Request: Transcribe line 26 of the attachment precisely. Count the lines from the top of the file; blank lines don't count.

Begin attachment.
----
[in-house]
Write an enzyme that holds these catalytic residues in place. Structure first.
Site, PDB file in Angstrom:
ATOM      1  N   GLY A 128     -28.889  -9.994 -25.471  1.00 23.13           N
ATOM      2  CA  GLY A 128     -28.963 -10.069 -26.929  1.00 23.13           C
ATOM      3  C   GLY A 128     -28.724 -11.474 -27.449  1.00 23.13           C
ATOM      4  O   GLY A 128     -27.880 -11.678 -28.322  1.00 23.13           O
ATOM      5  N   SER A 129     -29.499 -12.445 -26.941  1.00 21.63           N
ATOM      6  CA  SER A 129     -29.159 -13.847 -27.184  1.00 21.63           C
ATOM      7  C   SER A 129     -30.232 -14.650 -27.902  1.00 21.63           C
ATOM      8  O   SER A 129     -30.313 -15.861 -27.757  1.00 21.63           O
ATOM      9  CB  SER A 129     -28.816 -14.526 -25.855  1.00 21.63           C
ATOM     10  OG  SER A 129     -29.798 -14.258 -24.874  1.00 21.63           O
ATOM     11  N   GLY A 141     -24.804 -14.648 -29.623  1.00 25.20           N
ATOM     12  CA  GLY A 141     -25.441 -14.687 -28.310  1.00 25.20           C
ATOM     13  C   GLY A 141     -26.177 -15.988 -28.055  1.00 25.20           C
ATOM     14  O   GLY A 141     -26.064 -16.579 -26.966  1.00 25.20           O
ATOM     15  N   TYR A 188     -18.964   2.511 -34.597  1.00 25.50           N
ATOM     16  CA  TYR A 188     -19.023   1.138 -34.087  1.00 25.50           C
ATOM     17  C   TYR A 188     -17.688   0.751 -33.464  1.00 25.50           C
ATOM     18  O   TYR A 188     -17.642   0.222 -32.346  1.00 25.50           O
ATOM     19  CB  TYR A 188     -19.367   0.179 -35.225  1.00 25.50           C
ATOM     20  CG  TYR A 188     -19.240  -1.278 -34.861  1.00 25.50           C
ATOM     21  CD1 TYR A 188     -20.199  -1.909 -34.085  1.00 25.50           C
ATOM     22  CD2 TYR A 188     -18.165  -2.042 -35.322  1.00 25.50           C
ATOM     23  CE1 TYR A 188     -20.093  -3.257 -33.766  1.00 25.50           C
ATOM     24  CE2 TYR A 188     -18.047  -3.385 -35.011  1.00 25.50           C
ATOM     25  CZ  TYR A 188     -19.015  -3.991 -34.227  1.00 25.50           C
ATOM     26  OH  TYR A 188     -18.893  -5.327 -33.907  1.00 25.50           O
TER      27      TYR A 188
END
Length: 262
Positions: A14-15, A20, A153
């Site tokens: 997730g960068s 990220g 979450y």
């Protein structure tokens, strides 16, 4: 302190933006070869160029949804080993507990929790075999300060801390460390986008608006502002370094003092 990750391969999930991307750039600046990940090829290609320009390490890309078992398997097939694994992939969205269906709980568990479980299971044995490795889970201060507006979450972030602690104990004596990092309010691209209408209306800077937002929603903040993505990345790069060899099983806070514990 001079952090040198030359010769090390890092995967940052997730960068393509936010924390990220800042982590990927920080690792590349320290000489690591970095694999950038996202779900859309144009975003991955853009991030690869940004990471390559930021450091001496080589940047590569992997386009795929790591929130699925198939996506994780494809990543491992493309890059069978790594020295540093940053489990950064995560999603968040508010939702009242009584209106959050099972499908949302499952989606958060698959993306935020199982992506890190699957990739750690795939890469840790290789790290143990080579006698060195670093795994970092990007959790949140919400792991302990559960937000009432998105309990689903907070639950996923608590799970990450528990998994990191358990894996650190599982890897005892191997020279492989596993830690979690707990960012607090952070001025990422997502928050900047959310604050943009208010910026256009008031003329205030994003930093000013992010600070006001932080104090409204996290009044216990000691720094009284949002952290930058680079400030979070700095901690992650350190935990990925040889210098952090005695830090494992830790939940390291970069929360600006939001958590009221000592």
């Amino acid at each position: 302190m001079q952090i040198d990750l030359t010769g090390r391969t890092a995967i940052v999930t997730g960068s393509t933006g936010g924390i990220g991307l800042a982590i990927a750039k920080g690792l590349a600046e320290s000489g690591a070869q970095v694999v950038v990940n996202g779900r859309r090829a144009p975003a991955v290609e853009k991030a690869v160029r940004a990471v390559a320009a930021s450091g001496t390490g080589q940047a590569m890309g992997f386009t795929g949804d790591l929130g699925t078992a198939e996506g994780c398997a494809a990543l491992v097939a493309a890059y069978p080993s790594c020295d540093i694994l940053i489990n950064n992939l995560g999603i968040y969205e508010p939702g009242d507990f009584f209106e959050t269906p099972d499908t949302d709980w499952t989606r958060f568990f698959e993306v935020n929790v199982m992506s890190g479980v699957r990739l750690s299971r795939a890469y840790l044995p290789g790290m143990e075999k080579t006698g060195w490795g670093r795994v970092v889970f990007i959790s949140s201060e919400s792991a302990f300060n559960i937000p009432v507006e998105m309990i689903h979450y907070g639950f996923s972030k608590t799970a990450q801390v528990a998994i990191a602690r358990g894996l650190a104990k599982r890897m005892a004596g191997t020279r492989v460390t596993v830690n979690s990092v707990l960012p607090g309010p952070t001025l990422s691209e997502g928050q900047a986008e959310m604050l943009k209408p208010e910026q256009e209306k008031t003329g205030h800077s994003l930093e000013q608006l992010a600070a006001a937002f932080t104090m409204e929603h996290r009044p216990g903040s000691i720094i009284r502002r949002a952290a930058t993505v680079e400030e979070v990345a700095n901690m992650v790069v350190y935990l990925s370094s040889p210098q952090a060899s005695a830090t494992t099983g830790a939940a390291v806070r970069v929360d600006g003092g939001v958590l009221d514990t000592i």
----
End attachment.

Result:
ATOM     23  CE1 TYR A 188     -20.093  -3.257 -33.766  1.00 25.50           C